Upload is a good show on Amazon Prime that could be great if it didn’t follow the binging streaming formula. (The following may contain spoilers.)
The writing and biting social commentary on future capitalism, technology, and relationships that still manages to hit close to home. But, and this is, for me, what keeps this show from being a great show, is the “whodunnit” nature of the plot throughline.
But before I get too far ahead of myself, let me share with you what Amazon Prime’s own description of the show is:
“In 2033, people can be “uploaded” into virtual reality hotels run by 6 tech firms, Cash-strapped Nora lives in Brooklyn and works customer service for the luxurious “Lakeview” digital afterlife. When L.A. party-boy/coder Nathan’s self-driving car crashes, his high-maintenance girlfriend uploads him permanently into Nora’s VR world.”
Now the description is telegraphing a few things, though I won’t spell any of them out for you, save for the fact that it doesn’t take too long to see where things are going, but the intrigue of how Nathan died, to me, is not an integral part to the show.
Sure, I’ll admit it is tied in with character development, but there are other ways to do that… For me this show is great at what it does well, which is the social commentary; the classism morality play, a scathing look at the future of capitalism (more akin to Demolition man), and the direction we are headed towards with BIG data and privacy.
But that doesn’t seem to be enough, so let’s add some “intrigue” in order for the plot to be as cohesive to the story as possible, though as a whole the show is a vessel for the commentary and doesn’t require such an outlandish whodunnit plot.
However, this is a binge-worthy show, which means that’s the only way to get people to binge. We have to have a through-line of intrigue and unknowns. We couldn’t possibly just watch the show as episodic, it has to be a series, and that’s kind of disappointing, especially for those of us of a certain age who remember how great episodic television could be.
Of course, it’s fun to watch a series and see how characters change and develop, but in today’s “can you binge” it mentality, shows don’t ever feel like they are allowed to be episodic, or at least, on the consuming end, that’s how it comes across.
And this is disappointing, because the adjustments to getting “uploaded” the morality of souls and living in a virtual world, a simulation for eternity, is interesting enough. For me, there is no need for a whodunnit.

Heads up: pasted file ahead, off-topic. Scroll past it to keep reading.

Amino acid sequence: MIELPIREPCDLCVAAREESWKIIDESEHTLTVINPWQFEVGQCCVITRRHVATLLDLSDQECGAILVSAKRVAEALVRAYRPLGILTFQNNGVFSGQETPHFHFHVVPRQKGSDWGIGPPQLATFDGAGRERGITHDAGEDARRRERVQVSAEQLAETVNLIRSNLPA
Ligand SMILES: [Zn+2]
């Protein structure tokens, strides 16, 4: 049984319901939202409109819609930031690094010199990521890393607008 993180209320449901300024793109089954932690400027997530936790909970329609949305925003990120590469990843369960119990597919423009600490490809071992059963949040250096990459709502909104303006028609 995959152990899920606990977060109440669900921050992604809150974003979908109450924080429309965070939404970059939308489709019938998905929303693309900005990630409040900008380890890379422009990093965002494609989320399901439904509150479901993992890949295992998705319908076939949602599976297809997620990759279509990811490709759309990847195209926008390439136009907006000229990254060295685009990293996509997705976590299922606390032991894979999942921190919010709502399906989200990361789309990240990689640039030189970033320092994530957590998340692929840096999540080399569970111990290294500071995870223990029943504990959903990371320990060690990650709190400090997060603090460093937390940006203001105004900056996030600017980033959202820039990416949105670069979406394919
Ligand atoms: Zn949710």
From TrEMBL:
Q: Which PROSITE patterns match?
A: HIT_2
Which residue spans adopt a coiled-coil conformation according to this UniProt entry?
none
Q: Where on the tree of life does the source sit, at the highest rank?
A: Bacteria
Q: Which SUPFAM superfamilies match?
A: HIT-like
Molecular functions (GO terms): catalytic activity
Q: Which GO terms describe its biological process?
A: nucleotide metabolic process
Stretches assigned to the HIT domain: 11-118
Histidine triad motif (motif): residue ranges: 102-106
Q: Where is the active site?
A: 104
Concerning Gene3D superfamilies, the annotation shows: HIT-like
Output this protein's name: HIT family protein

The social commentary is very well done. The classism of how different characters are shot during production, how they are lit, and then the context of their lines is superb. The “dating app,” the way food is dealt with, the way travel and just plain old technology is a biting reaction to the direction “big data” has us going towards. And perhaps there isn’t a way to stop it. And don’t get so lost in the “deceased” ever-living aspect of this show to realize that it can also just be an allegory for your digital versus real life in the here and now. It’s all of that and so much more.
But you can see for yourself because I’ll still suggest this show to everyone, because the throughline may not have been for me, but the rest of it is priceless comedic future guessing that is fun and very Demolition Man. Not sure what I mean? Well, in the 1993 action flick pitting Sylvester Stallone’s lead John Spartan against Wesley Snipes’ Simon Phoenix which takes place a theoretical year before Upload in 2032, we learn a lot of things from the future, but most of all, we learn that Taco Bell won the franchise wars and is the only one left…
Well, Upload has a few more franchise names you’ll recognize in it, as well as, companies that we know now that didn’t exist in Demolition Man’s time like Facebook and Amazon and the like, but it’s not like there appear to be billions of brands left… And ironically, Taco Bell makes an appearance in both Upload and Demolition Man… So maybe now’s the time to invest in the one company that will still be around in a decade’s time when this series and that movie are no longer in the future, but set in the present.
Something to think about… And happy watching! Don’t agree with me? I keep an eye on social media and the comments below. Tell me what you think.